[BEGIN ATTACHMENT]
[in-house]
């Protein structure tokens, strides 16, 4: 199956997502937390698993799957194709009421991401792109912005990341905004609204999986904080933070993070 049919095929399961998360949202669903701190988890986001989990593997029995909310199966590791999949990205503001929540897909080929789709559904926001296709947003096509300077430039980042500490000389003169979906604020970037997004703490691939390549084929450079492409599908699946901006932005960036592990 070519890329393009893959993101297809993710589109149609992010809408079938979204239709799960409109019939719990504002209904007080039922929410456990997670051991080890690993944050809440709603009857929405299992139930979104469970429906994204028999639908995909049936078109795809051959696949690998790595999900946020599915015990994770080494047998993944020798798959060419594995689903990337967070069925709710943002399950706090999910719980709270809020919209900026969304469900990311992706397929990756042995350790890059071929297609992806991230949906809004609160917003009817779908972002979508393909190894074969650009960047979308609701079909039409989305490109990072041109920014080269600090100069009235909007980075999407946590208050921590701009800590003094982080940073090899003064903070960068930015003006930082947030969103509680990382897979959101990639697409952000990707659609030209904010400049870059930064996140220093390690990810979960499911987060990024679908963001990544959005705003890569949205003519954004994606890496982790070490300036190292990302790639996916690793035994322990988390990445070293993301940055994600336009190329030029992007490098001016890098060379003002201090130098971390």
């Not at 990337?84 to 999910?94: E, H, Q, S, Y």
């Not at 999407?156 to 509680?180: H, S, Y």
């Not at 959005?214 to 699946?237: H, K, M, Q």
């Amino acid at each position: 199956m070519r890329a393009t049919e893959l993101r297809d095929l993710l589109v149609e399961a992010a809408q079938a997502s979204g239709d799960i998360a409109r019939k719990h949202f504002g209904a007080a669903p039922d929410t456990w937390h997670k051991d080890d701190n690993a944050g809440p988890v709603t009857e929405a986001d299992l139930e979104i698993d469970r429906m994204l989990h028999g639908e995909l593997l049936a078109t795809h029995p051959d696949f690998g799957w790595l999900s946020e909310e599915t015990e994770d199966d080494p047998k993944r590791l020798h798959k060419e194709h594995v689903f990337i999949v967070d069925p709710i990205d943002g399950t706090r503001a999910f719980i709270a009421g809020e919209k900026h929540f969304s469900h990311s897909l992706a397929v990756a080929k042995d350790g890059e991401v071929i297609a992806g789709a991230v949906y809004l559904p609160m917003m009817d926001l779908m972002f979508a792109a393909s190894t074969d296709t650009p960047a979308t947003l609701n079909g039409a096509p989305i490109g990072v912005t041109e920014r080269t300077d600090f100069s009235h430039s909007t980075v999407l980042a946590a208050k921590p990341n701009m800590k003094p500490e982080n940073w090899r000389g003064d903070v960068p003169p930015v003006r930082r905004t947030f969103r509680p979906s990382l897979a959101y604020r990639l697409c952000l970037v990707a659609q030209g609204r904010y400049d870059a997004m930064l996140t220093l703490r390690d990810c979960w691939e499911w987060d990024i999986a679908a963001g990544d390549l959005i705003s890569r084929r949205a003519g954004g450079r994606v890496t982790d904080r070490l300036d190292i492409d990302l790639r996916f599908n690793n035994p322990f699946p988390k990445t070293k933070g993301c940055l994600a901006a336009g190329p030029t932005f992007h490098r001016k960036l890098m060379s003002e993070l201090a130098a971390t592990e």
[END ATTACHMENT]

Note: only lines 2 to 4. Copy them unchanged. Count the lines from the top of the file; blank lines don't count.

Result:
């Protein structure tokens, strides 16, 4: 199956997502937390698993799957194709009421991401792109912005990341905004609204999986904080933070993070 049919095929399961998360949202669903701190988890986001989990593997029995909310199966590791999949990205503001929540897909080929789709559904926001296709947003096509300077430039980042500490000389003169979906604020970037997004703490691939390549084929450079492409599908699946901006932005960036592990 070519890329393009893959993101297809993710589109149609992010809408079938979204239709799960409109019939719990504002209904007080039922929410456990997670051991080890690993944050809440709603009857929405299992139930979104469970429906994204028999639908995909049936078109795809051959696949690998790595999900946020599915015990994770080494047998993944020798798959060419594995689903990337967070069925709710943002399950706090999910719980709270809020919209900026969304469900990311992706397929990756042995350790890059071929297609992806991230949906809004609160917003009817779908972002979508393909190894074969650009960047979308609701079909039409989305490109990072041109920014080269600090100069009235909007980075999407946590208050921590701009800590003094982080940073090899003064903070960068930015003006930082947030969103509680990382897979959101990639697409952000990707659609030209904010400049870059930064996140220093390690990810979960499911987060990024679908963001990544959005705003890569949205003519954004994606890496982790070490300036190292990302790639996916690793035994322990988390990445070293993301940055994600336009190329030029992007490098001016890098060379003002201090130098971390």
């Not at 990337?84 to 999910?94: E, H, Q, S, Y």
């Not at 999407?156 to 509680?180: H, S, Y």